Proof of concept: digital clock drawing behaviors prior to transcatheter aortic valve replacement may predict length of hospital stay and cost of care

Margaret Ellenora Wiggins, Catherine Dion, Erin Formanski, Anis Davoudi, Shawna Amini, Kenneth M. Heilman, Dana Penney, Randall Davis, Cynthia W. Garvan, George J. Arnaoutakis, Patrick Tighe, David J. Libon, Catherine C. Price

Research output: Contribution to journalArticlepeer-review

3 Scopus citations

Abstract

Aims: Reduced pre-operative cognitive functioning in older adults is a risk factor for postoperative complications, but it is unknown if preoperative digitally-acquired clock drawing test (CDT) cognitive screening variables, which allow for more nuanced examination of patient performance, may predict lengthier hospital stay and greater cost of hospital care. This issue is particularly relevant for older adults undergoing transcatheter aortic valve replacement (TAVR), as this surgical procedure is chosen for intermediate-risk older adults needing aortic replacement. This proof of concept research explored if specific latency and graphomotor variables indicative of planning from digitally-acquired command and copy clock drawing would predict post-TAVR duration and cost of hospitalization, over and above age, education, American Society of Anesthesiologists (ASA) physical status classification score, and frailty. Methods: Form January 2018 to December 2019, 162 out of 190 individuals electing TAVR completed digital clock drawing as part of a hospital wide cognitive screening program. Separate hierarchical regressions were computed for the command and copy conditions of the CDT and assessed how a-priori selected clock drawing metrics (total time to completion, ideal digit placement difference, and hour hand distance from center; included within the same block) incrementally predicted outcome, as measured by R2 change significance values. Results: Above and beyond age, education, ASA physical status classification score, and frailty, only digitally-acquired CDT copy performance explained significant variance for length of hospital stay (9.5%) and cost of care (8.9%). Conclusions: Digital variables from clock copy condition provided predictive value over common demographic and comorbidity variables. We hypothesize this is due to the sensitivity of the copy condition to executive dysfunction, as has been shown in previous studies for subtypes of cognitive impairment. Individuals undergoing TAVR procedures are often frail and executively compromised due to their cerebrovascular disease. We encourage additional research on the value of digitally-acquired clock drawing within different surgery types. Type of cognitive impairment and the value of digitally-acquired CDT command and copy parameters in other surgeries remain unknown.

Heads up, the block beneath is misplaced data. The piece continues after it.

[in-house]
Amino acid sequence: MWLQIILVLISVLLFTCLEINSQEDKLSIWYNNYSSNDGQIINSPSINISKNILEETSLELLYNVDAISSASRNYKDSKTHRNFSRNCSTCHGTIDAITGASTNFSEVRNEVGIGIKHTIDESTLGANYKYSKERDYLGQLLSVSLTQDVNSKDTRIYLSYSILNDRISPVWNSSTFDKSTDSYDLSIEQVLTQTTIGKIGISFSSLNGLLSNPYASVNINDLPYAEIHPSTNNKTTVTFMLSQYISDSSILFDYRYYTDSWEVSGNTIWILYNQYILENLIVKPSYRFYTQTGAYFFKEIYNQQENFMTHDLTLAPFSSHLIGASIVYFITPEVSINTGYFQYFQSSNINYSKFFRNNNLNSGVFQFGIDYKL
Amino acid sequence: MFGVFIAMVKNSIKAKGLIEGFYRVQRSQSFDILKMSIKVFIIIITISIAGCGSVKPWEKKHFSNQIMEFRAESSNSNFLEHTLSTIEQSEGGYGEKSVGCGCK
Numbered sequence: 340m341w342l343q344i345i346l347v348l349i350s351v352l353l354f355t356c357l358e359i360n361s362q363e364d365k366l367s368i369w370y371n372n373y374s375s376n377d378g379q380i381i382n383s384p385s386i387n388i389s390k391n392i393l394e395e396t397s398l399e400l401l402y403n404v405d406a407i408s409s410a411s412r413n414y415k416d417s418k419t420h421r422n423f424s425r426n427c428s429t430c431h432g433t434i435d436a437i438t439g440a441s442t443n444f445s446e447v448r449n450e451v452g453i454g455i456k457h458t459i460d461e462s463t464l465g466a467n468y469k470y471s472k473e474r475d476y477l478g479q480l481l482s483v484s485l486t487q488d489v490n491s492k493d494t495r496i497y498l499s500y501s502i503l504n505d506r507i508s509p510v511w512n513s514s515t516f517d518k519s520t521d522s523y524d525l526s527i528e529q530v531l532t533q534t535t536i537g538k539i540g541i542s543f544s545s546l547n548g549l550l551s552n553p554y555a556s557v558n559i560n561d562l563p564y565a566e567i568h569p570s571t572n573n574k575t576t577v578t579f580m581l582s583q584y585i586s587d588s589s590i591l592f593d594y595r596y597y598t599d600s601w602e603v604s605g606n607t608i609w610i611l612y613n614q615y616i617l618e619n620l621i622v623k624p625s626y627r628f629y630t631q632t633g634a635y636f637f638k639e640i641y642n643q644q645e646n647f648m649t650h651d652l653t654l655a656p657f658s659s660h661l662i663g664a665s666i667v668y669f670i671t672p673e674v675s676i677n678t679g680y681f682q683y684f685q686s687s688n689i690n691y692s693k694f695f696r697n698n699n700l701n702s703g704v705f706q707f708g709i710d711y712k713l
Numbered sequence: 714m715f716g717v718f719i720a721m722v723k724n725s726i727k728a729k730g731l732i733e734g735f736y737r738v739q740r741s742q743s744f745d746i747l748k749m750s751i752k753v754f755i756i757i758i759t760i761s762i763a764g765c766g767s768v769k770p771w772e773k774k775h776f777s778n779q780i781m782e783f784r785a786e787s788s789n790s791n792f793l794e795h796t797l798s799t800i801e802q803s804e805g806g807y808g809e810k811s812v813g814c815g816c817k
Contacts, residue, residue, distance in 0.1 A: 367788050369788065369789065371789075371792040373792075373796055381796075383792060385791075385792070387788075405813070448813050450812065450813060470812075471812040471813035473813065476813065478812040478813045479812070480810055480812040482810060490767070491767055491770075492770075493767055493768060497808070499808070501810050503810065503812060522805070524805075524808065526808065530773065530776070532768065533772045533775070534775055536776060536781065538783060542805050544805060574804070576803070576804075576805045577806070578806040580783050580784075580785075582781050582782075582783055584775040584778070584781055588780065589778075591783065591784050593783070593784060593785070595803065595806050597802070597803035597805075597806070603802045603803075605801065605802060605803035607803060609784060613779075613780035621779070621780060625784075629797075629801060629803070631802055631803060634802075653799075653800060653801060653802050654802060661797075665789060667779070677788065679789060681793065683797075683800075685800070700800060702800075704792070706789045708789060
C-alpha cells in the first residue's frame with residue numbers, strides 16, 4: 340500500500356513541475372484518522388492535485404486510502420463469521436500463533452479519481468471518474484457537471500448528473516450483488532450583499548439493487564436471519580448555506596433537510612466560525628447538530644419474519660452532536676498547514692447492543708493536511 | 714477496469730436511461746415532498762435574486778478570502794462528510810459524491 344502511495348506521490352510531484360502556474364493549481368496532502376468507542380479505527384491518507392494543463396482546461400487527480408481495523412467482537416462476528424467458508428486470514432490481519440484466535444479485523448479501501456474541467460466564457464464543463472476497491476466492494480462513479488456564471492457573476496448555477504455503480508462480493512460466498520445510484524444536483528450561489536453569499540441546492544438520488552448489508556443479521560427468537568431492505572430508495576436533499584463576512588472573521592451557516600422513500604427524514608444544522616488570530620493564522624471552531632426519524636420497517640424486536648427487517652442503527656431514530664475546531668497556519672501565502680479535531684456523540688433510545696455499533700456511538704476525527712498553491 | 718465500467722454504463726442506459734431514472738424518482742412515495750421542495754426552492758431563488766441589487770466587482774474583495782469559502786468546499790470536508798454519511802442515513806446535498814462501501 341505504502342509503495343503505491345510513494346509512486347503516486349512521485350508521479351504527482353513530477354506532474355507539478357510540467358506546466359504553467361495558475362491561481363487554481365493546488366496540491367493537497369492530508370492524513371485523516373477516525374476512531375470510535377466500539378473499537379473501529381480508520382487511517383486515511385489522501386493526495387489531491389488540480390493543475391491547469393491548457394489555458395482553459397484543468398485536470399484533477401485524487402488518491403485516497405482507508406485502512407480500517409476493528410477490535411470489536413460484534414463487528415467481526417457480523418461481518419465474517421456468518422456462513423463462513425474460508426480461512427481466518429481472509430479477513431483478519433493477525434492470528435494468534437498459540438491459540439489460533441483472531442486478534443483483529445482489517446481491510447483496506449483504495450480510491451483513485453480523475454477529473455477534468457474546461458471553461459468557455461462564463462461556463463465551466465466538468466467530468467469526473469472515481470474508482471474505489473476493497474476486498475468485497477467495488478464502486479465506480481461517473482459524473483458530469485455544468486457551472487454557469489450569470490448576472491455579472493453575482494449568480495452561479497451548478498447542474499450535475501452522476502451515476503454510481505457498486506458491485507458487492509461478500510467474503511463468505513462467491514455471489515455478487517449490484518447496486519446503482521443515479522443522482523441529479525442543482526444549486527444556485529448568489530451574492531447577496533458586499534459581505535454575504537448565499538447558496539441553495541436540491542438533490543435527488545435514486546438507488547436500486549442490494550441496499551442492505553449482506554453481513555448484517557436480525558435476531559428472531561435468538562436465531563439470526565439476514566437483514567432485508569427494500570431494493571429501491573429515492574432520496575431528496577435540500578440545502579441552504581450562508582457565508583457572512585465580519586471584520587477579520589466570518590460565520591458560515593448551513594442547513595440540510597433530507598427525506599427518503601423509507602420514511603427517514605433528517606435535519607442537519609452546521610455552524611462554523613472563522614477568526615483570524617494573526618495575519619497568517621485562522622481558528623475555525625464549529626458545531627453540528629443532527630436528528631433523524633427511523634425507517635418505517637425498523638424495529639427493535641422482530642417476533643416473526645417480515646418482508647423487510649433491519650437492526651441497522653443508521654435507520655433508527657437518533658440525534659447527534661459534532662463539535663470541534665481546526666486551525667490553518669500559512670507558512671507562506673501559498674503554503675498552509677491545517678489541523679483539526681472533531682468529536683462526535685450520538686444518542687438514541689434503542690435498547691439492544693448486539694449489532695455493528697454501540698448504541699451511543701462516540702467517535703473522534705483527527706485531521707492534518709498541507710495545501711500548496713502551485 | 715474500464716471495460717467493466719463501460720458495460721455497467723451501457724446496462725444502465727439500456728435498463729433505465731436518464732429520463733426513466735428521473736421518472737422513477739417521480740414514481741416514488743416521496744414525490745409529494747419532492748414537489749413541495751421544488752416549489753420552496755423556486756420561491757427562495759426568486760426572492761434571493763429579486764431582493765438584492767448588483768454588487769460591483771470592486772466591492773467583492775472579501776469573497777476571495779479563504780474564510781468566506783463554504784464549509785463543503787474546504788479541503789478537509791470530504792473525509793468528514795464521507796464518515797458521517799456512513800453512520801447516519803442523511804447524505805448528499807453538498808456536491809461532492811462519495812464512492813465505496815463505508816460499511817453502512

Original languageEnglish (US)
Pages (from-to)110-121
Number of pages12
JournalExploration of Medicine
Volume2
Issue number2
DOIs
StatePublished - 2021

All Science Journal Classification (ASJC) codes

  • Medicine(all)
  • Molecular Medicine

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